“A person with dementia sees the world differently, but their world is just as real to them,” said Dr. Andrew Duxbury, guest speaker at Dementia Q&A at Fair Haven in Birmingham on July 24, 2019. “Confrontation happens when we try to force them to live the same life that they were living before dementia, but that doesn’t work. The brain changes.”
Andrew Duxbury, MD, is a professor of clinical geriatrics on the faculty of the Division of Gerontology, Geriatrics and Palliative Care at the University of Alabama at Birmingham. His role there has been in community based geriatric care, including his lifelong affiliation with UAB Geriatrics Clinic.
In the Dementia Q&A seminar, Dr. Duxbury discussed four practical ways that caregivers can avoid confrontations that lead to frustration and anger in a person with dementia.
1 – Affirm Their Reality
Don’t try to force the truth of the real world into the false reality of their world. Instead, you can use language that affirms their version of reality to keep the peace. For example, suppose your loved one begins talking about the horses on the lawn. In truth, there are no horses on the lawn. You can avoid confrontation by simply acknowledging their version reality. “Those are nice horses. Let’s go down to the kitchen for breakfast.”
2 – Use Distraction
Most confrontations can be avoided by turning the attention of the person with dementia to something else that promotes peace and calm. One effective distraction is to play music that is beloved and familiar. Typically this is music that the person listened to in their teens and early 20s. Another effective distraction technique is eating. As we age our taste buds change, but the sweet tooth often remains.
3 – Avoid The Abstract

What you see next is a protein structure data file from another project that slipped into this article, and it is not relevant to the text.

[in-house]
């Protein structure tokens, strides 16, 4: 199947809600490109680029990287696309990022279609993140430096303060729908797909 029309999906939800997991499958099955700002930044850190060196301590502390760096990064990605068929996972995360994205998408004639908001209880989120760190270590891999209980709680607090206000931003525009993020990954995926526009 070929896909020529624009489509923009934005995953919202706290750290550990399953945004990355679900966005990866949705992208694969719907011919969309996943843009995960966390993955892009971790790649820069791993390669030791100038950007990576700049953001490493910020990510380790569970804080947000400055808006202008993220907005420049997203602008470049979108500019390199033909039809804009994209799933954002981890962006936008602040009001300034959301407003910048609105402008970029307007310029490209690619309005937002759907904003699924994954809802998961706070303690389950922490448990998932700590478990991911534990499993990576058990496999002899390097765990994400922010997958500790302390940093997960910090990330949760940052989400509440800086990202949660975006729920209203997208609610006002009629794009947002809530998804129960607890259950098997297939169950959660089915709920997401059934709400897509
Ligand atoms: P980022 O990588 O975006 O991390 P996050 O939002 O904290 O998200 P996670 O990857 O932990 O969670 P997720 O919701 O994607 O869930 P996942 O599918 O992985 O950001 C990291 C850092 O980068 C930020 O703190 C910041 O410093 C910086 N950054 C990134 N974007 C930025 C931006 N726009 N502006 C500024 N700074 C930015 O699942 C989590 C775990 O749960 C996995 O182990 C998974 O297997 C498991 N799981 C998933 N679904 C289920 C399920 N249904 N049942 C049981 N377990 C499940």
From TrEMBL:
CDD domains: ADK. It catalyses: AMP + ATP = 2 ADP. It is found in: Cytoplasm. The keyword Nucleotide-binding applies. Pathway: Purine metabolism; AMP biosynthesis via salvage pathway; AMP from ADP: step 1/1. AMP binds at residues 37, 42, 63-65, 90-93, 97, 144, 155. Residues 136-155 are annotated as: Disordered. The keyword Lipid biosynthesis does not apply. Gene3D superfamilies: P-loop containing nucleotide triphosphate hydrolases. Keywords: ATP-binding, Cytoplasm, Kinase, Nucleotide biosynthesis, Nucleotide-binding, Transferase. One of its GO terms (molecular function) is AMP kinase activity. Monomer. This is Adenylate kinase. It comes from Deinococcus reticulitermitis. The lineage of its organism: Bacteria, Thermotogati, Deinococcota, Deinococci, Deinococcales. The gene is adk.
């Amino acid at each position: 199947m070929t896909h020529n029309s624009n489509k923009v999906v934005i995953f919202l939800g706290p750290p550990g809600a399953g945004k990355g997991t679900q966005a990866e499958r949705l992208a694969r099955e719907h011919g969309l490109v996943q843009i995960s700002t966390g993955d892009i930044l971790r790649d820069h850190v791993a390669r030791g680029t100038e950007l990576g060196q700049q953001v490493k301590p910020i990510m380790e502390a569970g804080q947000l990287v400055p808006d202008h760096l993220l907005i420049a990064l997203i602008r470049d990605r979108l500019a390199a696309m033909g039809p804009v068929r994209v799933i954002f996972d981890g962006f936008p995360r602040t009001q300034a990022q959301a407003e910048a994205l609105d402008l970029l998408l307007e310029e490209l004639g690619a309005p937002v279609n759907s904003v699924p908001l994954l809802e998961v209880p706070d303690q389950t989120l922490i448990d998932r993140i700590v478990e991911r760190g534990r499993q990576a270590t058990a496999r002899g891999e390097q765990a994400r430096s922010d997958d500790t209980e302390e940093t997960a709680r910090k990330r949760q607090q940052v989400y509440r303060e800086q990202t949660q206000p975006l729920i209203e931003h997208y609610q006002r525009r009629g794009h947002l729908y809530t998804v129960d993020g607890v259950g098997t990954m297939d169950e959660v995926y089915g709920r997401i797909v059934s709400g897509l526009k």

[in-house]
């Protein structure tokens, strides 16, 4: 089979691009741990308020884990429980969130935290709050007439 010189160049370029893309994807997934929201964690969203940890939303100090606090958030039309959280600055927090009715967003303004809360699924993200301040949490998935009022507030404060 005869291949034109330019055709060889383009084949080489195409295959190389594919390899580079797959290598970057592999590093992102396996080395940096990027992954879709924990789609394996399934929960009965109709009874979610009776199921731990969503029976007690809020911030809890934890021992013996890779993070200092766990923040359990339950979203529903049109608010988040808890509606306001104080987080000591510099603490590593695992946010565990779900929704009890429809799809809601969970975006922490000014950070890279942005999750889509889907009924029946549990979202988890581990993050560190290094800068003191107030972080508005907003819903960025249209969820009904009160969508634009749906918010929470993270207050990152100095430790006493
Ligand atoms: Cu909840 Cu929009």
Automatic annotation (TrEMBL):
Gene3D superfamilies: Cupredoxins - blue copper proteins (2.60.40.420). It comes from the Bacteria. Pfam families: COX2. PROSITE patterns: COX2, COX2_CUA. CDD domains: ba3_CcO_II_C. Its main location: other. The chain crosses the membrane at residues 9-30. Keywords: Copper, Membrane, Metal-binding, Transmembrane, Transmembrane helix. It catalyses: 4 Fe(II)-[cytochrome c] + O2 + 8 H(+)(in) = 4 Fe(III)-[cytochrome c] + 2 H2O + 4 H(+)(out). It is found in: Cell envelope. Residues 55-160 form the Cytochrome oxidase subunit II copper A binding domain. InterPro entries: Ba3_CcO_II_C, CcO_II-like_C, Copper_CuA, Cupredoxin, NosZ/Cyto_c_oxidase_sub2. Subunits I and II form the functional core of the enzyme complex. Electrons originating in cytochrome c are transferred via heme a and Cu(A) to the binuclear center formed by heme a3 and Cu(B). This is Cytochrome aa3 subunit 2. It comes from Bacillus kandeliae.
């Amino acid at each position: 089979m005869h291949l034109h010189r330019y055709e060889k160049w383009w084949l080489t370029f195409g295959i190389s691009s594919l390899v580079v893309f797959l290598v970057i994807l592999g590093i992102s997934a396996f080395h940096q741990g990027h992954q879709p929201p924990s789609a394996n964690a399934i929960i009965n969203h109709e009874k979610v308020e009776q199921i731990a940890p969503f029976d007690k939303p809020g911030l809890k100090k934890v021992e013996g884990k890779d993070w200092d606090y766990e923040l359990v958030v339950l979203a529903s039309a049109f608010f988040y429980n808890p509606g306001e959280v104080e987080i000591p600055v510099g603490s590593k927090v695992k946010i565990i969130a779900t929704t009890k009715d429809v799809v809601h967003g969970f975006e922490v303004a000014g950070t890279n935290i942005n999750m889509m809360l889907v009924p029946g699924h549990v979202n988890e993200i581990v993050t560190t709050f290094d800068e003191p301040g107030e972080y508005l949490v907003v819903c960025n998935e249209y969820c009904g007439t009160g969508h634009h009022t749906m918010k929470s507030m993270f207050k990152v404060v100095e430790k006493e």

A person with dementia is not capable of abstract thought. For example, saying to someone with dementia, “What would you like to wear today?” involves too many steps in the thought process for the person with dementia to be successful. Instead, give a clear and visible choice between two things. For example, “Would you like to wear this blue shirt or this red one?” “Would you like a piece of toast or a muffin?”
4 – Ditch The Daily Bath
Dr. Duxbury explains that while it may be common practice in the United States to take a bath each day, it’s really not necessary. You can just as easily use wipes each day to clean up parts that might need it. But when you must take administer a bath, remember to get the person wet from the feet up, and not from the head down. Water falling down from a shower into the face of someone with dementia can be very frightening. Instead, find ways to associate water with fun, such simply adding a rubber ducky or bubbles to the bath water.
Dr. Duxbury emphasized that the decline of a person’s body, including the decline of brain function, is a natural process, and that for most people the decline begins in their 40s or 50s. Dementia speeds up the decline. So what does the doctor recommend that may help slow down dementia? “Remember what your mama taught you: eat right, get proper sleep, get some exercise, don’t drink to excess, and don’t smoke.”
For more information about Fair Haven’s Memory Care Assisted Living for persons with mild to moderate dementia, or Fair Haven’s dedicated household for persons with advanced dementia or Alzheimer’s, contact our admissions team at 205-880-1942, or send an email to Traci Kennedy at email@example.com.